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Orphan giant

Nature volume 459, page 1034 (25 June 2009) | Download Citation

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Strong advocacy is needed if progress is to be made against tuberculosis.

It was difficult to avoid a sense of despair after last week's Pacific Health Summit, in Seattle, Washington. The meeting — an annual gathering of researchers, public-health policy-makers, drug regulators and heads of non-governmental organizations, industry and funding institutions — was focused this year on tuberculosis (TB). As presentation followed presentation, the overwhelming scale of the challenge became all too evident. The global economic downturn is exacerbating both the burden of the disease and the obstacles to finding resources to cope with it.

About one-third of the world's population carries the bacterium that causes TB, Mycobacterium tuberculosis, and roughly 10% of these people will go on to develop the disease. Because drug courses can last for a year or more, most people do not complete their treatment, and the growth of resistance is therefore inevitable. Strains of M. tuberculosis are now appearing that are resistant not just to the front-line drugs used in initial treatment but also to the second-line drugs used to treat people who have become resistant, as in the case of the 'extensively drug-resistant tuberculosis' first recognized in 2005. As a recent review article dauntingly but appropriately put it, responding to the issue of resistance requires “a comprehensive approach incorporating innovation from the political, social, economic and scientific realms” (M. Jassal and W. R. Bishai Lancet Infect. Dis. 9, 19–30; 2009).

“The timescale involved from research to the rolling out of new drugs and biomarkers is alarmingly large.”

Happily, there are some signs of progress. The World Health Organization points out that existing drugs and diagnostics can still make a difference if applied properly. And major improvements in tackling the disease would come from a more joined-up approach with the diagnosis and treatment of HIV/AIDS, which often occurs together with TB.

Unhappily, many of these measures require trained staff, well-designed buildings and procedures that minimize the spread of infection — resources that simply aren't available in many regions of the world.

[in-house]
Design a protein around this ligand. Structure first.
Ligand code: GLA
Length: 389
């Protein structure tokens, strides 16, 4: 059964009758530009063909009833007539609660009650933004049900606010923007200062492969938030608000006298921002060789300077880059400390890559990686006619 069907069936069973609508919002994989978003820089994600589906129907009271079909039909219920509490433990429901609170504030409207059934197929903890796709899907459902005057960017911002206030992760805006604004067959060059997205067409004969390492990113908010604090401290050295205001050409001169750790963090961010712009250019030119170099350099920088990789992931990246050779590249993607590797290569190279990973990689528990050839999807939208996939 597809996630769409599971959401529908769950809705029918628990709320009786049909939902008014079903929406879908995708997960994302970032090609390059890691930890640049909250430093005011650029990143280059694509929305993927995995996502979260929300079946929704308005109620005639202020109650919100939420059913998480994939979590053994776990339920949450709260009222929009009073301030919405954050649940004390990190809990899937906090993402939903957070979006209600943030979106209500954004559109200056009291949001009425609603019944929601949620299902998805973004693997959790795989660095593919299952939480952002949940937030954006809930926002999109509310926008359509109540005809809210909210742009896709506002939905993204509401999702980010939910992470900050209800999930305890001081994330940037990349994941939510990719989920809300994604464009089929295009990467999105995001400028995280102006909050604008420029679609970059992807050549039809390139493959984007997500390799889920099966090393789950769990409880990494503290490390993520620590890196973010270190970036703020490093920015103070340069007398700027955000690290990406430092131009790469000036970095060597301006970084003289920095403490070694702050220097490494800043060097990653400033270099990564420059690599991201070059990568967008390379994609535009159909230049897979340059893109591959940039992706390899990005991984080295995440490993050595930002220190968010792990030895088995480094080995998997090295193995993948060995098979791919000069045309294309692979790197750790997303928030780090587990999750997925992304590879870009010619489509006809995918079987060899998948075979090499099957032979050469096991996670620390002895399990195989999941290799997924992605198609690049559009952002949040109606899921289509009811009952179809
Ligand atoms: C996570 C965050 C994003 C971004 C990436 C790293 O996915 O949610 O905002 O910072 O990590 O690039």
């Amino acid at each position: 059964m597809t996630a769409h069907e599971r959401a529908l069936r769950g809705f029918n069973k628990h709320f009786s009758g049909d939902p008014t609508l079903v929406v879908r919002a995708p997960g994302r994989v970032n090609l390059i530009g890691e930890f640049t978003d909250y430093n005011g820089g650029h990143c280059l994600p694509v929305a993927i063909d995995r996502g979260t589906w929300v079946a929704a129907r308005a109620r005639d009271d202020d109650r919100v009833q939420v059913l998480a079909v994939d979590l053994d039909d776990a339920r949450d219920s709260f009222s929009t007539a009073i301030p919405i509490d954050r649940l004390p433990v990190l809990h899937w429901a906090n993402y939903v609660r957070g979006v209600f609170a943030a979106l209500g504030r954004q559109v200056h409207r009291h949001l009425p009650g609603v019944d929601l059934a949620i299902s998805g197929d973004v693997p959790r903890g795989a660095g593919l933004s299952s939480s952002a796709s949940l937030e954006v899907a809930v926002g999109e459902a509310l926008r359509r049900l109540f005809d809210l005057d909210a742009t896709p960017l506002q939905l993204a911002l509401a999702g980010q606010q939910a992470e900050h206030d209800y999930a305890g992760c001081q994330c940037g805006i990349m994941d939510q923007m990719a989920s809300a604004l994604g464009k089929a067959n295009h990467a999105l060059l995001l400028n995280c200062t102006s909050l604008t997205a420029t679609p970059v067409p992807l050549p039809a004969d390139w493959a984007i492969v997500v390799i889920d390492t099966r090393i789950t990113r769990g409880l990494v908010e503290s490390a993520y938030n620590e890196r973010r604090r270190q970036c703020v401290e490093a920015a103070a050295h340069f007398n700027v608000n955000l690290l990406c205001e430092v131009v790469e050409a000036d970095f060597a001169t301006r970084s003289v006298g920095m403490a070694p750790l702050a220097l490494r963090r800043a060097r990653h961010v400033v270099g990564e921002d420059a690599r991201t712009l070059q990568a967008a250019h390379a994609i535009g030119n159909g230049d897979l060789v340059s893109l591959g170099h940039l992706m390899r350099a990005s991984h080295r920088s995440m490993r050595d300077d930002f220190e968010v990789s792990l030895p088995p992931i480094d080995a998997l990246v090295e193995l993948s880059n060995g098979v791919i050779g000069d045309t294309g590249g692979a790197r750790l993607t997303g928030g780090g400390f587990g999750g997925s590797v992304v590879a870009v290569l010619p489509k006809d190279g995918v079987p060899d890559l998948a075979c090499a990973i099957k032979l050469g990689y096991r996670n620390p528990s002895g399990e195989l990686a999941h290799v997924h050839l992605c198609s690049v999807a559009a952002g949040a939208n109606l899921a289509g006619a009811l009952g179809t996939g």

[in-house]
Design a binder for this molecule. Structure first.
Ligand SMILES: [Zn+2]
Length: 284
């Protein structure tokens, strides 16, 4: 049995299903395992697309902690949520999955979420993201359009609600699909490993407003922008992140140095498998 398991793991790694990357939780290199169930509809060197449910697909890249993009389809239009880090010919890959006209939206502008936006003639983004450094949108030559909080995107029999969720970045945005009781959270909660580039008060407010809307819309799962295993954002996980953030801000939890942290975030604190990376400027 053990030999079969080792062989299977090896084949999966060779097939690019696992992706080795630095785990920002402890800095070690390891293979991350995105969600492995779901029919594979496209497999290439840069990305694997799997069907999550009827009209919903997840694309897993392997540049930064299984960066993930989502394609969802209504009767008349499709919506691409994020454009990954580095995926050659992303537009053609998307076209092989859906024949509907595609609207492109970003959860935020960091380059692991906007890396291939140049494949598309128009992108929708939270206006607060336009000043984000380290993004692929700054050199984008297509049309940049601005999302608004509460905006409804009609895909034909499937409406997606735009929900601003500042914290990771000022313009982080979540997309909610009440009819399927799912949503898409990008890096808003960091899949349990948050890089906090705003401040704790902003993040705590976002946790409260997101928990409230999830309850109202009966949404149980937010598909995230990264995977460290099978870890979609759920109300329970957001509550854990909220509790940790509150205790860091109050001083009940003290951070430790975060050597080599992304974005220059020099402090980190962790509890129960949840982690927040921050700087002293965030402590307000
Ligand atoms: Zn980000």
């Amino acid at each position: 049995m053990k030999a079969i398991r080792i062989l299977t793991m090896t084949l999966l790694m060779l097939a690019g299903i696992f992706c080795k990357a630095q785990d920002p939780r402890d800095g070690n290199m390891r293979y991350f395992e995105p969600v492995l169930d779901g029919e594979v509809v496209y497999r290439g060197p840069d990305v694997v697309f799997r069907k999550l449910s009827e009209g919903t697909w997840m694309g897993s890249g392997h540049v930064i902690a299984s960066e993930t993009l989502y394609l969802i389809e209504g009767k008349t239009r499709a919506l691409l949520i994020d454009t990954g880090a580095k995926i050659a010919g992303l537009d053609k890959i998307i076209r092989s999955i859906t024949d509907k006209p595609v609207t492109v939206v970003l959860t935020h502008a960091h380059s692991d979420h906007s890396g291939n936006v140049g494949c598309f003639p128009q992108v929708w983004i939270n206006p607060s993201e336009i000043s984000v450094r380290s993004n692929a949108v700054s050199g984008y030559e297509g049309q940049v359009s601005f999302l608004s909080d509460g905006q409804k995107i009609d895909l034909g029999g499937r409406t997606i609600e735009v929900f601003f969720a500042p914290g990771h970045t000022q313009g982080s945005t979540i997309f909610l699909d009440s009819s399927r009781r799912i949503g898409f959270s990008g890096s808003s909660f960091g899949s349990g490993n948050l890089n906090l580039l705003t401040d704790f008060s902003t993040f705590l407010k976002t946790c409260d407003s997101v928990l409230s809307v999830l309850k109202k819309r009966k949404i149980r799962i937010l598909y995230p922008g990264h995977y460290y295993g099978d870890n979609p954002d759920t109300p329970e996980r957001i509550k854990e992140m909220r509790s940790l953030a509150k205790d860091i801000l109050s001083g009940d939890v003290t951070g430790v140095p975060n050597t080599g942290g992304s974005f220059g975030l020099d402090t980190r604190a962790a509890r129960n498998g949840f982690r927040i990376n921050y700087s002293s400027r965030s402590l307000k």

Despite donations of vaccines by industry, price-tiering in poorer regions, progress in clinical trials, advanced market-commitment mechanisms and increases in research funding by organizations such as the US National Institutes of Health, the scale of funding remains dwarfed by the challenges. What progress has been made in research simply clarifies just how inadequate our knowledge is. Researchers have only a basic understanding of how the bacterium affects the various parts of the body, and the heterogeneity of its make-up and behaviour is reflected in the spectrum of progressions from infection to active TB. Furthermore, little is known about how the human body responds to M. tuberculosis infection and the bacterium can mutate up to a thousand times faster as it adapts to antibiotic attack and other stressors.

As Anthony Fauci, head of the US National Institute of Allergy and Infectious Diseases in Bethesda, Maryland, stated at the meeting in his overview of the science, generations of advances in research and technology have bypassed TB research. That is beginning to change, but the timescale involved from research to the rolling out of new drugs and biomarkers is alarmingly large given the immediacy of the threats and the complexity of the organism.

Why hasn't more progress been made? According to Margaret Chan, head of the World Health Organization, the field has been too isolated and inward-looking, and needs to learn lessons from the approach to HIV/AIDS by reaching out and finding highly effective champions. Easily said. But the nine million people who develop active TB every year could only agree that the need to capture the world's imagination and support is urgent.

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